Try This Dead-Cat Bounce Strategy
option trader, putting statistical probabilities on my side is only
half the struggle when looking for trades. I also like to find technical
conditions that lend additional support, to tilt purely statistical analysis
even more in my favor.
Letâ€™s look at the
example of Synaptics, Inc. (SYNA),
which gapped down sharply this past Friday following weaker than expected Q1
revenue forecasts. The computer touchpad technology companyâ€™s capitalization was
slashed 25%, as the stock price dropped by $5.17, closing Fridayâ€™s
session at $15.85.
The large gap chart is a nice technical condition
to use for setting up a â€œnot likely to go zoneâ€ for an option trade. As
primarily an option writer, I like to find zones where stocks are not
likely to go and will select a point just outside that zone to sell an option
The large chart gap acts as a major technical
break point (resistance), which may be difficult for SYNA to surmount anytime
Looking at the daily price chart of SYNA, we can
see that the gap lower offers a window of opportunity for selling a call spread,
as indicated in figure 1.
Since the level of 20.21 was the close before the
gap lower, I consider this level will be difficult to reach in the next three
months, so I will select the December 20 call strike to sell, and will cover
that strike with a purchase of the December 25 strike, creating a vertical bear
call spread, a trade that profits from time-value decay.
Ideally, you could wait for a â€œdead cat bounceâ€
up after the big drop day to put a bear call spread on, but here the close was
off the dayâ€™s low enough for me. The strikes and prices for each are contained
in figure 2 below.
As seen in figure 2, we would collect $75 for
selling the December 20 call. The matrix in figure 2 shows bid prices, so we
would actually pay $30 for buying the December 25 call, not $25 (the bid price).
This trade has a maximum potential loss of $455 (difference between the strikes
minus net premium collected of $45, abstracting from commissions), which we can
use as our required capital value for the trade.
If SYNA remains below 20 in the next 140 days and
expires worthless on December 17, we keep the $45 in net premium we collected
for the spread, a potential return of +9.8%.
The profit zone, shown in figure 3, extends to
zero, but the upside risk (not entirely shown here) is limited at $455, with
breakeven at 20.45.
This trade, however, needs to be managed
properly. Our stop loss rule is two-fold, exit if the spread price doubles, or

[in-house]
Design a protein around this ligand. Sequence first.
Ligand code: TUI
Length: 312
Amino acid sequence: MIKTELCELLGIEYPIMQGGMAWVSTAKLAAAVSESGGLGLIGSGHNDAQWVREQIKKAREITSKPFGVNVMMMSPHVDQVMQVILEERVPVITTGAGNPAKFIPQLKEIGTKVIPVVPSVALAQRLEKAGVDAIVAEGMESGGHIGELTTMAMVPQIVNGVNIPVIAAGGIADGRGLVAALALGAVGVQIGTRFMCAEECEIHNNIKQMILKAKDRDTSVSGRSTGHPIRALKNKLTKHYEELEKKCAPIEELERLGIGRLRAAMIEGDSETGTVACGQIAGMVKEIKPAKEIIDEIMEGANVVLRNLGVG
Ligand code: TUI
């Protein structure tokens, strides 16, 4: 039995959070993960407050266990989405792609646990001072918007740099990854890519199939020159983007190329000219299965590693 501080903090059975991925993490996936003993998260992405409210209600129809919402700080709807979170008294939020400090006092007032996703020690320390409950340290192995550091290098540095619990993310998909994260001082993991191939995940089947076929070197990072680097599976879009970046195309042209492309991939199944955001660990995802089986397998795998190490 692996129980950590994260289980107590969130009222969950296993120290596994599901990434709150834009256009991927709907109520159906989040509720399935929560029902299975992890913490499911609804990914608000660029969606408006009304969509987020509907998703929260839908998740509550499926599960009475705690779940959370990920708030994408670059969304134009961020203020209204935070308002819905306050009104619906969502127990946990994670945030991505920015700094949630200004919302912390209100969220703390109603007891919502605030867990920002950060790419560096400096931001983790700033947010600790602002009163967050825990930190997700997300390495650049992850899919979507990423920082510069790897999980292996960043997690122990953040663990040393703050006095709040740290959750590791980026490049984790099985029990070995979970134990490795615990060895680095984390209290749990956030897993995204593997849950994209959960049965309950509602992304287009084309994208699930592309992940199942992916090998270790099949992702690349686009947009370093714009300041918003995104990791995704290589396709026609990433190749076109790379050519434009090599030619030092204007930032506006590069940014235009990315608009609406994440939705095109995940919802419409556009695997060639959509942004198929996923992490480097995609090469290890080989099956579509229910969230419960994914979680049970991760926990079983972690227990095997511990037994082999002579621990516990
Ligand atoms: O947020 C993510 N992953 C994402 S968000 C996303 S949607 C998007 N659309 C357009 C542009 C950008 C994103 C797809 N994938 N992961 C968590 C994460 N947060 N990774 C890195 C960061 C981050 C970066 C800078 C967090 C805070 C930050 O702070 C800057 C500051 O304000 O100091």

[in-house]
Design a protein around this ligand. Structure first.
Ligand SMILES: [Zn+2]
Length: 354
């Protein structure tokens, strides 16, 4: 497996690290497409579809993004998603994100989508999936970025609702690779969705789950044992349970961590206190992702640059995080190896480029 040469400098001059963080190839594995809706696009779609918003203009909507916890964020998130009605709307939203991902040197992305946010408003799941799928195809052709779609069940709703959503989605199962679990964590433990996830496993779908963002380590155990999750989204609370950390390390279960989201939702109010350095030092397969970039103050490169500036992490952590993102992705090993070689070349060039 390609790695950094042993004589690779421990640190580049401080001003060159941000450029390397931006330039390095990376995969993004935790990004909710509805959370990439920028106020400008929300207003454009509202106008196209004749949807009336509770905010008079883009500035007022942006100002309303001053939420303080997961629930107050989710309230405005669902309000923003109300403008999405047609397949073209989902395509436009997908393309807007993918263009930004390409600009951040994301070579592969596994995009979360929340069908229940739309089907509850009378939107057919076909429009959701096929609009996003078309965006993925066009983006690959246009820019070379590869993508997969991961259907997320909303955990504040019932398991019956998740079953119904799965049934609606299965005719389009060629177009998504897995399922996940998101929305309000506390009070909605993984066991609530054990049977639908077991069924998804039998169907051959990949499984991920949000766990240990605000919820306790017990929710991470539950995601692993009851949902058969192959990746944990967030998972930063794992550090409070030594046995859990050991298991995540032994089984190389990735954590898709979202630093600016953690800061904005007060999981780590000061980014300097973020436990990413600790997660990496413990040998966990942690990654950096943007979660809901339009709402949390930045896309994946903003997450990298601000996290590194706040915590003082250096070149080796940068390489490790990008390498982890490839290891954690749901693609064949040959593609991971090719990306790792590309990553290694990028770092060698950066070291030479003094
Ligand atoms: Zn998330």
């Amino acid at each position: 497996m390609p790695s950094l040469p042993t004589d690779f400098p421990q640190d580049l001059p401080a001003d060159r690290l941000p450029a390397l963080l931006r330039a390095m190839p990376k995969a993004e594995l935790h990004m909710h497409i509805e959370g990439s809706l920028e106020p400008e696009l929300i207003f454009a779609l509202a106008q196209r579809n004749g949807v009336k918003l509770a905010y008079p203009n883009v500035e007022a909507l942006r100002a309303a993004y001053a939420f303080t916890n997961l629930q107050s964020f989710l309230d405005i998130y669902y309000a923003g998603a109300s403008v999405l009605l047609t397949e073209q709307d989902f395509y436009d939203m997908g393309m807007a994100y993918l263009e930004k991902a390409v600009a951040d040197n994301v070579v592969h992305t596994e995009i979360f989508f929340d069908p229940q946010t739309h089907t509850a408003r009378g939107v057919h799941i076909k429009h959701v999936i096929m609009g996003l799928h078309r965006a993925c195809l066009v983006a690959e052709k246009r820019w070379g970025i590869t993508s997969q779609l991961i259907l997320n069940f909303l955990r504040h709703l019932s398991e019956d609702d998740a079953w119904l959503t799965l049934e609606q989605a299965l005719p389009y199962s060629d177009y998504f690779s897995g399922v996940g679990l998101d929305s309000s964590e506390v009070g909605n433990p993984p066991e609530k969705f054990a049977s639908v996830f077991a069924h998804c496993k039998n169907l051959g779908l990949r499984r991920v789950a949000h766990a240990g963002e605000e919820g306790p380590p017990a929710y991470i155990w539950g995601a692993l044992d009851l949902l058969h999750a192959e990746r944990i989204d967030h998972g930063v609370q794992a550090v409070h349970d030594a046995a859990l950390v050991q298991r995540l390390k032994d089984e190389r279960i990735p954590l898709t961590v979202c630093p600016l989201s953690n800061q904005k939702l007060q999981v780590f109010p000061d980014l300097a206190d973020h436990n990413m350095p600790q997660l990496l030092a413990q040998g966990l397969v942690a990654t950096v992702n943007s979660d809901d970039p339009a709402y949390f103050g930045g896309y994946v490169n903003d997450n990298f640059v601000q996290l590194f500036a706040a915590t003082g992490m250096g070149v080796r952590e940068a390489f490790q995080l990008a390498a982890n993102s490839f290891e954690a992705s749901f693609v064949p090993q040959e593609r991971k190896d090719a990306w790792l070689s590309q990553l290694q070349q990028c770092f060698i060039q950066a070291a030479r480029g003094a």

if the short strike is touched. Simple! This way we will usually keep maximum
losses to twice potential profit on each trade, which can potentially pay off in
the long run in terms of keeping drawdowns under control.
Bear call (credit) spreads are one of my favorite
setups, whether trading stocks or stock index options. The trick to making them
pay off in the long run with stocks, is to keep a large portfolio of them, so that
you keep your capital diversified. I like to keep no more than 5% in any one
Iâ€™ll keep my radar screen up and running in the
weeks ahead for similar setups like the SYNA gapper to help to keep your plate
Past performance is not a guarantee of future
profits. Trade with risk capital only.
John F. Summa is Founder and President of
and a registered Commodity Trading Advisor (CTA) with the National Futures
Association (NFA). Founded in 1998, OptionsNerd.com offers trading
seminars and tutorials to options traders, futures and option trading
advisories and managed futures and options CTA account services.
Summa’s trading articles have appeared in Technical Analysis of Stocks &
Commodities magazine, as well as Active Trader Magazine, Options Trader
Magazine, Futures Magazine, Stock, Futures & Options Magazine, and Investopedia.com. He coauthored
Options on Futures: New
Trading Strategies and Options on Futures Workbook (John Wiley & Sons, 2001) and more recently wrote the groundbreaking
Against The Crowd: Profiting From Fear and Greed in Stock, Futures and
Options Markets (John Wiley & Sons,
2004), which includes Mr. Summa’s innovative quantitative bear and bull
news-flow Contrarian indicator.
Mr. Summa is a PhD-trained economist
and operates a
delta-neutral options trading CTA program.